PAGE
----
In 1990, Congress added the phrase "which has been shipped or transported in [interstate commerce]" to Sec. 922(j). Pub.L. 101-647 Sec. 2202(a). There is no question that the change was intended to expand the scope of the interstate nexus that supports jurisdiction. However, since courts had previously concluded that the firearm must not have come to rest at the end of its interstate journey, United States v. Jones, 564 F.2d 1315, 1316 (9th Cir.1977), and that the firearms must be stolen at the time of the interstate shipment, see United States v. West, 562 F.2d 375 (6th Cir.1977), cert. denied, 435 U.S. 922, 98 S.Ct. 1484, 55 L.Ed.2d 515 (1978), it is unclear whether the amendment merely removed the contemporaneous requirement, or also removed the requirement that the firearm travel after the theft.
The government argues that when Sec. 922(j) is read in conjunction with Sec. 922(i),5 the ambiguity is resolved because if Cruz's interpretation were correct, Sec. 922(j) would prohibit only the same conduct as Sec. 922(i). We disagree. Under Cruz's interpretation, if guns that had been previously transported in interstate commerce were stolen in California by X, sold to Y (still in California), who then shipped them to Z in Nevada, X would have violated neither section, Y would have violated only Sec. 922(i), and Z would have violated only Sec. 922(j). This reading leaves neither of the subsections without meaning.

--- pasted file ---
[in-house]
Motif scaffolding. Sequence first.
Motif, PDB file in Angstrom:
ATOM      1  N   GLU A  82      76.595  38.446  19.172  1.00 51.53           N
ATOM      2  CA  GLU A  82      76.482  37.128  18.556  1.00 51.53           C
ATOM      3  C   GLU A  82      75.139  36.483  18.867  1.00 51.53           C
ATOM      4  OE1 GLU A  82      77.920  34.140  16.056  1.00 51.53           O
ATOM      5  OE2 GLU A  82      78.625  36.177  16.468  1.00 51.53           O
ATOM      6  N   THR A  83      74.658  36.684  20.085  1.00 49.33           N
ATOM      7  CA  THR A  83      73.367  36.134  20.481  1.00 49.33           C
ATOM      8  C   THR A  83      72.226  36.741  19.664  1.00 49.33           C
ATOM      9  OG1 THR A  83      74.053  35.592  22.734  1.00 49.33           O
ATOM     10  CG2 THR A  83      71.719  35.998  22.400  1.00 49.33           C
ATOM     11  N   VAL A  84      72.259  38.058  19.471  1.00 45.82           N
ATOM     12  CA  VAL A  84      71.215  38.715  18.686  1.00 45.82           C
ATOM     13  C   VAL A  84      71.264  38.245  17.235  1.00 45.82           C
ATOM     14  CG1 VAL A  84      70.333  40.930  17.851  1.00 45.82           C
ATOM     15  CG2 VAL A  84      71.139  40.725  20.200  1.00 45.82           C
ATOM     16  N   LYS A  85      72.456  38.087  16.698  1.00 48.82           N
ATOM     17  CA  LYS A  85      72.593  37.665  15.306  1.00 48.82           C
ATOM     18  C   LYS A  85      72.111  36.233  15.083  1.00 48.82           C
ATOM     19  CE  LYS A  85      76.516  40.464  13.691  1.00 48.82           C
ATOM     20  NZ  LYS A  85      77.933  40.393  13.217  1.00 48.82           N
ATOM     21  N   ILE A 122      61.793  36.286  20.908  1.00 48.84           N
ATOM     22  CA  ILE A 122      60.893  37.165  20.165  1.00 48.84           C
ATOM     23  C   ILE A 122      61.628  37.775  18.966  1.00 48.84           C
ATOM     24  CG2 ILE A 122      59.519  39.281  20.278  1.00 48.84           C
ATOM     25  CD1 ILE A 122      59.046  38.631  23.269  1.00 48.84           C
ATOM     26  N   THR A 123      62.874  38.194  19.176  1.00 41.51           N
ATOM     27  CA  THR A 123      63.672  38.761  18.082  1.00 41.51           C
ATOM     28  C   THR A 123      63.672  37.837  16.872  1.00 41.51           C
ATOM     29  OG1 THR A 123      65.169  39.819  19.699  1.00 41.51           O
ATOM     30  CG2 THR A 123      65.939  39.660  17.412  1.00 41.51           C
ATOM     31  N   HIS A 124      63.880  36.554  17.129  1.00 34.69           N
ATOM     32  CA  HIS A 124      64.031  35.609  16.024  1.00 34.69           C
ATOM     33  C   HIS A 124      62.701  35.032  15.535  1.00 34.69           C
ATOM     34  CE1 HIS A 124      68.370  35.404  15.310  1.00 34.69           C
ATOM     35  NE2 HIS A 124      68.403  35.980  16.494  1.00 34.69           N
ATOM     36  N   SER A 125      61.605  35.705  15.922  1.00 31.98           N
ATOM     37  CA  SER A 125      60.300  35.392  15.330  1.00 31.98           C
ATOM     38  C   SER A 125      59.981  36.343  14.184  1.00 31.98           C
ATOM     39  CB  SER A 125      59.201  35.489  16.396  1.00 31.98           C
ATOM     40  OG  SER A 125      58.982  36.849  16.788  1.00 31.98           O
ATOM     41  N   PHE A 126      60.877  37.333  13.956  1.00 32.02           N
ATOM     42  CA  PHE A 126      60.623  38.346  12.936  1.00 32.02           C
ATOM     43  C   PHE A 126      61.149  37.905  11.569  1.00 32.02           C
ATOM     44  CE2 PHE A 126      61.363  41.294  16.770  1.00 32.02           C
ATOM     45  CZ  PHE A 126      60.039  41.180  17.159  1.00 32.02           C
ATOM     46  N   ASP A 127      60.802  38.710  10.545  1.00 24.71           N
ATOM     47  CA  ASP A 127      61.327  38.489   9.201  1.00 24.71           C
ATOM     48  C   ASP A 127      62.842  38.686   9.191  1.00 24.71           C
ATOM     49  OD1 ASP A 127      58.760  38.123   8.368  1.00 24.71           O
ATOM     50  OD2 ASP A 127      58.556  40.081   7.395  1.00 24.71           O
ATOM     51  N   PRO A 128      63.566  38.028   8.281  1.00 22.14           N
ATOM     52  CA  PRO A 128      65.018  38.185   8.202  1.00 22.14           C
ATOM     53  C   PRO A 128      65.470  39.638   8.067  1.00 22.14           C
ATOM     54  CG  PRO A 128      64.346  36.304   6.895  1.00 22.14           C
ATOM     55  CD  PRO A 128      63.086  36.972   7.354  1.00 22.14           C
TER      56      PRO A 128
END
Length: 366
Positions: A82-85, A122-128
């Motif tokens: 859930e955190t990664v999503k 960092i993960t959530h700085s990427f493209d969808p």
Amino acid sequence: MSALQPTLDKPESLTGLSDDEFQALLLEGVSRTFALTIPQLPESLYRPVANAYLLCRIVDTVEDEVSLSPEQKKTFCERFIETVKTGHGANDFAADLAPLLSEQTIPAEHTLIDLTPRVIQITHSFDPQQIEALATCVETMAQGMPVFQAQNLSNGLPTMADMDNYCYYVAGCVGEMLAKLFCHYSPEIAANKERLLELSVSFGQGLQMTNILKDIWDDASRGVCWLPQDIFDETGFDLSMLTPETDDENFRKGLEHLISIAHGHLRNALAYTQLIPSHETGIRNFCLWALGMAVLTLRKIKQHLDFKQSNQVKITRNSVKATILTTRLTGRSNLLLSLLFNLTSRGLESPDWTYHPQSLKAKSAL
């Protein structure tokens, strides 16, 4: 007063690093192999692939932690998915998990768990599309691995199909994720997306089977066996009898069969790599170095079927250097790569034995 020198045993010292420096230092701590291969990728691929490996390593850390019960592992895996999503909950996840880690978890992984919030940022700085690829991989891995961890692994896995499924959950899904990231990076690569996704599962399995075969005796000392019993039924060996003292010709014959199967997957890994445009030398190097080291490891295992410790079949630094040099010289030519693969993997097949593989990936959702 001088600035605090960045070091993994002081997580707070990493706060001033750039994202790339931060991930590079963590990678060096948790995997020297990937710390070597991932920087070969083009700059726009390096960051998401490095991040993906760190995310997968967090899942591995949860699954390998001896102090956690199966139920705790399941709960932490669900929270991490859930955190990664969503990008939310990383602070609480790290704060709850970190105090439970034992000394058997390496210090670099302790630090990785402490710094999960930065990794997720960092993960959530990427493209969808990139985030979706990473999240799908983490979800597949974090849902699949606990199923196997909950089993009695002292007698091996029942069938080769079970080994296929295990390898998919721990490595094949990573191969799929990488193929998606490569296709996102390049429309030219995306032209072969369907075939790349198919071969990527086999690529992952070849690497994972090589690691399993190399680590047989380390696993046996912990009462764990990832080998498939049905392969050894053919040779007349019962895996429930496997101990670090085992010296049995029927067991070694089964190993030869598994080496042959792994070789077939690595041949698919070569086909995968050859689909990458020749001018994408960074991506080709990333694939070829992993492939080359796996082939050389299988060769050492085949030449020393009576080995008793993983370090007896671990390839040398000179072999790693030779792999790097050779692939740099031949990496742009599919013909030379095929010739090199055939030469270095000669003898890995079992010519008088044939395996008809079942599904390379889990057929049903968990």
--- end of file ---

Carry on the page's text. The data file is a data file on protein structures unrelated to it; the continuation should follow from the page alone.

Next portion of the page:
We find comparison with Sec. 922(k) more instructive.6 Section 922(k), which applies to firearms with altered serial numbers, was amended at the same time that Sec. 922(j) was amended. To Sec. 922(k), the bill added "or to possess or receive any firearm which has had the importer's or manufacturer's serial number removed, obliterated, or altered and has, at any time, been shipped or transported in interstate or foreign commerce." Pub.L. 101-647 Sec. 2202(b) (emphasis added). If difference in language means anything, the difference between these two closely related sections--which were sequential in both the original statute and the bill making the amendments--suggests an intentional distinction between a stolen firearm, which must have travelled in interstate commerce as a "stolen firearm," and a firearm with the serial number altered, whose receipt is criminalized if the firearm has travelled in interstate commerce "at any time."7
Thus as we read it, the text is ambiguous and nothing in its context or structure suggests that either of the possible interpretations is unreasonable.
Nor does the legislative history shed any meaningful light on how to construe the phrase "which has been shipped or transported in interstate" commerce in relation to transactions in a "stolen firearm," for the legislative history suffers the same ambiguity. For example, the House of Representatives Committee Report states: